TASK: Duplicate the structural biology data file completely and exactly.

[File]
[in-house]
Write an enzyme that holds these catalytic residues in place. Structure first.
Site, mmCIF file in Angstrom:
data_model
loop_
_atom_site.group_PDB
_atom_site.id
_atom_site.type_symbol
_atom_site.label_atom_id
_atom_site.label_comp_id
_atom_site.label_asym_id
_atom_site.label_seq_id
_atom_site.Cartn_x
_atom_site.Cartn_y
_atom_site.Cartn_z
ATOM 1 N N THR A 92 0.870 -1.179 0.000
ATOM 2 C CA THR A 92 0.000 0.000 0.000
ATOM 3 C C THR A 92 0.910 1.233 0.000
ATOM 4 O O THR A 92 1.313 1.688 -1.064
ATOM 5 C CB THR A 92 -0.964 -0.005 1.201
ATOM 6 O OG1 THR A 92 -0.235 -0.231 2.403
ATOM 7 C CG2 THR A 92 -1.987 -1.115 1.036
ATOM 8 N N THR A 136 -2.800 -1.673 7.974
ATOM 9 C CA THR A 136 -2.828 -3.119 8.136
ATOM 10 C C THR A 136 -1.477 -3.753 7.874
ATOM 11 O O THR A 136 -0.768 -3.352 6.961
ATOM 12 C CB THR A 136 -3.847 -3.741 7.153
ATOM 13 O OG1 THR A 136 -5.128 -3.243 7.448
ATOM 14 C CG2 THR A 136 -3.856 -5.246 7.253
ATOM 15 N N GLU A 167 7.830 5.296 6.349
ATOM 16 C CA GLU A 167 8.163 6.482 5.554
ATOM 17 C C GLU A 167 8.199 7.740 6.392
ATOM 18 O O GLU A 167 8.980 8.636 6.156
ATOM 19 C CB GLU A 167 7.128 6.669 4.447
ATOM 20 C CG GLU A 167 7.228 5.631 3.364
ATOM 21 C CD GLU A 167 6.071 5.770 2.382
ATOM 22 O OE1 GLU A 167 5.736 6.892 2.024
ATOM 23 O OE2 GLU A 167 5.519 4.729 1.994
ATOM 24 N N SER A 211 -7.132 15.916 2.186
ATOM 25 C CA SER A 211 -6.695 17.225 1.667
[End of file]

[in-house]
Write an enzyme that holds these catalytic residues in place. Structure first.
Site, mmCIF file in Angstrom:
data_model
loop_
_atom_site.group_PDB
_atom_site.id
_atom_site.type_symbol
_atom_site.label_atom_id
_atom_site.label_comp_id
_atom_site.label_asym_id
_atom_site.label_seq_id
_atom_site.Cartn_x
_atom_site.Cartn_y
_atom_site.Cartn_z
ATOM 1 N N THR A 92 0.870 -1.179 0.000
ATOM 2 C CA THR A 92 0.000 0.000 0.000
ATOM 3 C C THR A 92 0.910 1.233 0.000
ATOM 4 O O THR A 92 1.313 1.688 -1.064
ATOM 5 C CB THR A 92 -0.964 -0.005 1.201
ATOM 6 O OG1 THR A 92 -0.235 -0.231 2.403
ATOM 7 C CG2 THR A 92 -1.987 -1.115 1.036
ATOM 8 N N THR A 136 -2.800 -1.673 7.974
ATOM 9 C CA THR A 136 -2.828 -3.119 8.136
ATOM 10 C C THR A 136 -1.477 -3.753 7.874
ATOM 11 O O THR A 136 -0.768 -3.352 6.961
ATOM 12 C CB THR A 136 -3.847 -3.741 7.153
ATOM 13 O OG1 THR A 136 -5.128 -3.243 7.448
ATOM 14 C CG2 THR A 136 -3.856 -5.246 7.253
ATOM 15 N N GLU A 167 7.830 5.296 6.349
ATOM 16 C CA GLU A 167 8.163 6.482 5.554
ATOM 17 C C GLU A 167 8.199 7.740 6.392
ATOM 18 O O GLU A 167 8.980 8.636 6.156
ATOM 19 C CB GLU A 167 7.128 6.669 4.447
ATOM 20 C CG GLU A 167 7.228 5.631 3.364
ATOM 21 C CD GLU A 167 6.071 5.770 2.382
ATOM 22 O OE1 GLU A 167 5.736 6.892 2.024
ATOM 23 O OE2 GLU A 167 5.519 4.729 1.994
ATOM 24 N N SER A 211 -7.132 15.916 2.186
ATOM 25 C CA SER A 211 -6.695 17.225 1.667